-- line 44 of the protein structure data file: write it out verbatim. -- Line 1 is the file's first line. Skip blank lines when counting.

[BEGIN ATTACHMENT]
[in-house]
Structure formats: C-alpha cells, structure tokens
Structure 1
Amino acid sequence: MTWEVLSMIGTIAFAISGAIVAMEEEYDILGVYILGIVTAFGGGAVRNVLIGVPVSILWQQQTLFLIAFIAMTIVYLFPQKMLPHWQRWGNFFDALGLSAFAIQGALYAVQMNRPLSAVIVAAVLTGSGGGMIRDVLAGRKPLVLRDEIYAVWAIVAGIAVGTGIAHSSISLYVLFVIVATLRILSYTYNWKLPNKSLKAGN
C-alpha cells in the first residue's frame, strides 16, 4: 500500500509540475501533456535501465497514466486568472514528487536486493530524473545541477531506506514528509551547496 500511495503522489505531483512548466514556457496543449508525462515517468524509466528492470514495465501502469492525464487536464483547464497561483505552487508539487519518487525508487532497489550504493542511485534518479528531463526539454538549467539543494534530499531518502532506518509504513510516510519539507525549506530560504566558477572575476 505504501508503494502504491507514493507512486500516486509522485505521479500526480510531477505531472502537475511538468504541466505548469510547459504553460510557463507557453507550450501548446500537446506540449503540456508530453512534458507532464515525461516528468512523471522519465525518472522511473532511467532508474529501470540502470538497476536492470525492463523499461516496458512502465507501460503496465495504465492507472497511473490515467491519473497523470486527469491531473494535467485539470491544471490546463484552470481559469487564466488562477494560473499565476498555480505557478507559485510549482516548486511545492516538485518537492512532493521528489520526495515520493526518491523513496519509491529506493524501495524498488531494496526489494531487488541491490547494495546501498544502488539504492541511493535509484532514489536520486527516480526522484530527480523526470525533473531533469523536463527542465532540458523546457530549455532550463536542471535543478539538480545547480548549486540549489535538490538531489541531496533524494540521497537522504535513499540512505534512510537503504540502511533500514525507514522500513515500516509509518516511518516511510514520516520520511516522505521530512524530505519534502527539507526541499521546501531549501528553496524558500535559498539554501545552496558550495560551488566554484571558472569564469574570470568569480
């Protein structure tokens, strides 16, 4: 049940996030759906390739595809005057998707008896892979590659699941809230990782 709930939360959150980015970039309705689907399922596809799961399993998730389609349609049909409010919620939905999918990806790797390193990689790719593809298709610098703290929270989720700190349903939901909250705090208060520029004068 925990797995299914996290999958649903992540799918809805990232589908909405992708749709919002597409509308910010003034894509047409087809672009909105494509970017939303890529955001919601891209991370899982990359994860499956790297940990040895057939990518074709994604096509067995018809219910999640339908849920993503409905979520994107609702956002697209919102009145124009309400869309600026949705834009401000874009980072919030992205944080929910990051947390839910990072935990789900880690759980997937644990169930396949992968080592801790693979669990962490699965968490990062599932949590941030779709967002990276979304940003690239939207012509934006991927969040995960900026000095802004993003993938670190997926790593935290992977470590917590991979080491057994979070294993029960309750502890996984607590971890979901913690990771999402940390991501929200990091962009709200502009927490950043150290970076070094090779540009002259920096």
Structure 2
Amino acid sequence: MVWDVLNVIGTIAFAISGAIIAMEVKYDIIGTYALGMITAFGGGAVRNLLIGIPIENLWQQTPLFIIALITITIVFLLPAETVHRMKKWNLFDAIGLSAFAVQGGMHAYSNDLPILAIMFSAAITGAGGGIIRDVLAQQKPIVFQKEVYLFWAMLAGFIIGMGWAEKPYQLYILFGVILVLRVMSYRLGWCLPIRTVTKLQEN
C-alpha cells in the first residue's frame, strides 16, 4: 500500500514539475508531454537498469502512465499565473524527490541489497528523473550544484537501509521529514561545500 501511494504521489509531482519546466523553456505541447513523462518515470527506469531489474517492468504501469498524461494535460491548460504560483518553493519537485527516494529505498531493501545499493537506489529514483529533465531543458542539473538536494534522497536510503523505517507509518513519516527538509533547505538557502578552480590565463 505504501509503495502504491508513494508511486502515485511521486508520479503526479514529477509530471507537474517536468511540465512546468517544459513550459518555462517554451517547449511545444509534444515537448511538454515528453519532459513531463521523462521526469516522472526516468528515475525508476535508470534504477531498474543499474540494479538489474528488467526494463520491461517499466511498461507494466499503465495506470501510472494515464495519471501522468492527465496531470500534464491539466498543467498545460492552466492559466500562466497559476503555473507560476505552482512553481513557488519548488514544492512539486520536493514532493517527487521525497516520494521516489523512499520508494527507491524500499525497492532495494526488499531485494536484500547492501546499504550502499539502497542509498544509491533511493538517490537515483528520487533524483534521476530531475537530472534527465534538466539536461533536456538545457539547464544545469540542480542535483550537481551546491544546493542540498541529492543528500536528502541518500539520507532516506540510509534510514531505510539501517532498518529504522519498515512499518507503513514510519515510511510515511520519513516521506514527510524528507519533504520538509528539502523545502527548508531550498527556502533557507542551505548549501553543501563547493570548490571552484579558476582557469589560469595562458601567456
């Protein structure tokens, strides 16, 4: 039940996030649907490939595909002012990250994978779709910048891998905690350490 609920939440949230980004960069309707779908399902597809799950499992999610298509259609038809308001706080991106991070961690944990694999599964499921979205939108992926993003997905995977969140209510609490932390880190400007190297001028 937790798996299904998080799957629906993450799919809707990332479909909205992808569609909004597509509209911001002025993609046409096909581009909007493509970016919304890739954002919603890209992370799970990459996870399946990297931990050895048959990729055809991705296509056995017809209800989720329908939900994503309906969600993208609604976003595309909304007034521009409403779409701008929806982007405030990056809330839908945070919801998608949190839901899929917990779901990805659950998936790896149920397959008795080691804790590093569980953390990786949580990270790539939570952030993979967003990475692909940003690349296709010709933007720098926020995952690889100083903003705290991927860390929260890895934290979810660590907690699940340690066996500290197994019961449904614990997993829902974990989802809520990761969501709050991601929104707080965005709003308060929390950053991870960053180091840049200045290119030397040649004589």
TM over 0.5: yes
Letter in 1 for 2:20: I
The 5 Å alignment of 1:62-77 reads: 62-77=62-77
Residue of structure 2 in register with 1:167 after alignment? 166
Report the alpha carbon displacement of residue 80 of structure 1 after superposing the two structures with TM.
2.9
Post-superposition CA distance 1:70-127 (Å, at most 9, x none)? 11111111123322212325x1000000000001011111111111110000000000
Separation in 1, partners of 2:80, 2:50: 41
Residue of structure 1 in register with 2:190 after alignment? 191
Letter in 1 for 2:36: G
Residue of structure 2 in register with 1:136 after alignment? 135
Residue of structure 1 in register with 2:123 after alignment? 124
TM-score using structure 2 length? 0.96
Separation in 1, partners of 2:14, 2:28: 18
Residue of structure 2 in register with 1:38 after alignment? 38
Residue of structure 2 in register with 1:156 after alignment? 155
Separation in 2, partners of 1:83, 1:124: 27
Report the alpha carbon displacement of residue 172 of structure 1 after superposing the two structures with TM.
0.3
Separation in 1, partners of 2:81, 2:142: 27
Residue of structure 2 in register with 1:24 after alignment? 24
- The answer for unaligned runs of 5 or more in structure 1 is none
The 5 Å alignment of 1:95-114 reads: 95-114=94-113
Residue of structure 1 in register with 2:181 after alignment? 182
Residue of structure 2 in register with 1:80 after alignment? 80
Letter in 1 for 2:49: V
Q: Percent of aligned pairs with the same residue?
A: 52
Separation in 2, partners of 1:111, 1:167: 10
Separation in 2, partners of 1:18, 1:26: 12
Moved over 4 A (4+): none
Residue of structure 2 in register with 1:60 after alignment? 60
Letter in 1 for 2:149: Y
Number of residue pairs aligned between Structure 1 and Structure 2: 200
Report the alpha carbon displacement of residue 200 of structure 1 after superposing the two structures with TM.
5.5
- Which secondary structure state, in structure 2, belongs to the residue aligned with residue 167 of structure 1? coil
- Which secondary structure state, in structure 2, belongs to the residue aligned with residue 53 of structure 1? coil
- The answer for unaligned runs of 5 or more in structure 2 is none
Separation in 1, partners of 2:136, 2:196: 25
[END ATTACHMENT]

Number of residue pairs aligned between Structure 1 and Structure 2: 200